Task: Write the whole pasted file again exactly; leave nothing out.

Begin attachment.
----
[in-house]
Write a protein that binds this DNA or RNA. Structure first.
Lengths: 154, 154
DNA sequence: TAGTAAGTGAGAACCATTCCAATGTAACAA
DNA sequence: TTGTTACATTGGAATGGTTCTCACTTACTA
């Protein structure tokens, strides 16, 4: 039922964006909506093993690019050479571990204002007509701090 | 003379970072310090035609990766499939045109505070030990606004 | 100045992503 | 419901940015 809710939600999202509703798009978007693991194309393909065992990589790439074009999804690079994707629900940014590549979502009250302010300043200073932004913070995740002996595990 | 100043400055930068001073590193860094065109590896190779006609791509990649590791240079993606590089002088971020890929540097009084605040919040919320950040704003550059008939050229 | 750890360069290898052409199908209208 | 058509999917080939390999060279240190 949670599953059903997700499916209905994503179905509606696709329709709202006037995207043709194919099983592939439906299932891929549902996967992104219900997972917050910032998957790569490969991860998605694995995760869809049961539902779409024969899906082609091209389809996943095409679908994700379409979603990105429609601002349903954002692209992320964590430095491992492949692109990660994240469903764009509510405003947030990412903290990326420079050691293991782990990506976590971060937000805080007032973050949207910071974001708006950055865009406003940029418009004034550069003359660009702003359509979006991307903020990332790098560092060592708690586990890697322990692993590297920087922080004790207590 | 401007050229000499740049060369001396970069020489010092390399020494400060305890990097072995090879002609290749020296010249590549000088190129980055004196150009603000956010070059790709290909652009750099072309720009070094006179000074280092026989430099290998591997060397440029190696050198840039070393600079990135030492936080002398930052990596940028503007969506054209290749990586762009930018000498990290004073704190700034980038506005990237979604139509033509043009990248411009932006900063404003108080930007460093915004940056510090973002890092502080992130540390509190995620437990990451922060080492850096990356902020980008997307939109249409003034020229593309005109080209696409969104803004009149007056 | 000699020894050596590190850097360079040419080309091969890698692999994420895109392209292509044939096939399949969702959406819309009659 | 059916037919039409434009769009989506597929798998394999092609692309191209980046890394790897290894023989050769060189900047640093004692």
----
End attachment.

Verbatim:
[in-house]
Write a protein that binds this DNA or RNA. Structure first.
Lengths: 154, 154
DNA sequence: TAGTAAGTGAGAACCATTCCAATGTAACAA
DNA sequence: TTGTTACATTGGAATGGTTCTCACTTACTA
């Protein structure tokens, strides 16, 4: 039922964006909506093993690019050479571990204002007509701090 | 003379970072310090035609990766499939045109505070030990606004 | 100045992503 | 419901940015 809710939600999202509703798009978007693991194309393909065992990589790439074009999804690079994707629900940014590549979502009250302010300043200073932004913070995740002996595990 | 100043400055930068001073590193860094065109590896190779006609791509990649590791240079993606590089002088971020890929540097009084605040919040919320950040704003550059008939050229 | 750890360069290898052409199908209208 | 058509999917080939390999060279240190 949670599953059903997700499916209905994503179905509606696709329709709202006037995207043709194919099983592939439906299932891929549902996967992104219900997972917050910032998957790569490969991860998605694995995760869809049961539902779409024969899906082609091209389809996943095409679908994700379409979603990105429609601002349903954002692209992320964590430095491992492949692109990660994240469903764009509510405003947030990412903290990326420079050691293991782990990506976590971060937000805080007032973050949207910071974001708006950055865009406003940029418009004034550069003359660009702003359509979006991307903020990332790098560092060592708690586990890697322990692993590297920087922080004790207590 | 401007050229000499740049060369001396970069020489010092390399020494400060305890990097072995090879002609290749020296010249590549000088190129980055004196150009603000956010070059790709290909652009750099072309720009070094006179000074280092026989430099290998591997060397440029190696050198840039070393600079990135030492936080002398930052990596940028503007969506054209290749990586762009930018000498990290004073704190700034980038506005990237979604139509033509043009990248411009932006900063404003108080930007460093915004940056510090973002890092502080992130540390509190995620437990990451922060080492850096990356902020980008997307939109249409003034020229593309005109080209696409969104803004009149007056 | 000699020894050596590190850097360079040419080309091969890698692999994420895109392209292509044939096939399949969702959406819309009659 | 059916037919039409434009769009989506597929798998394999092609692309191209980046890394790897290894023989050769060189900047640093004692």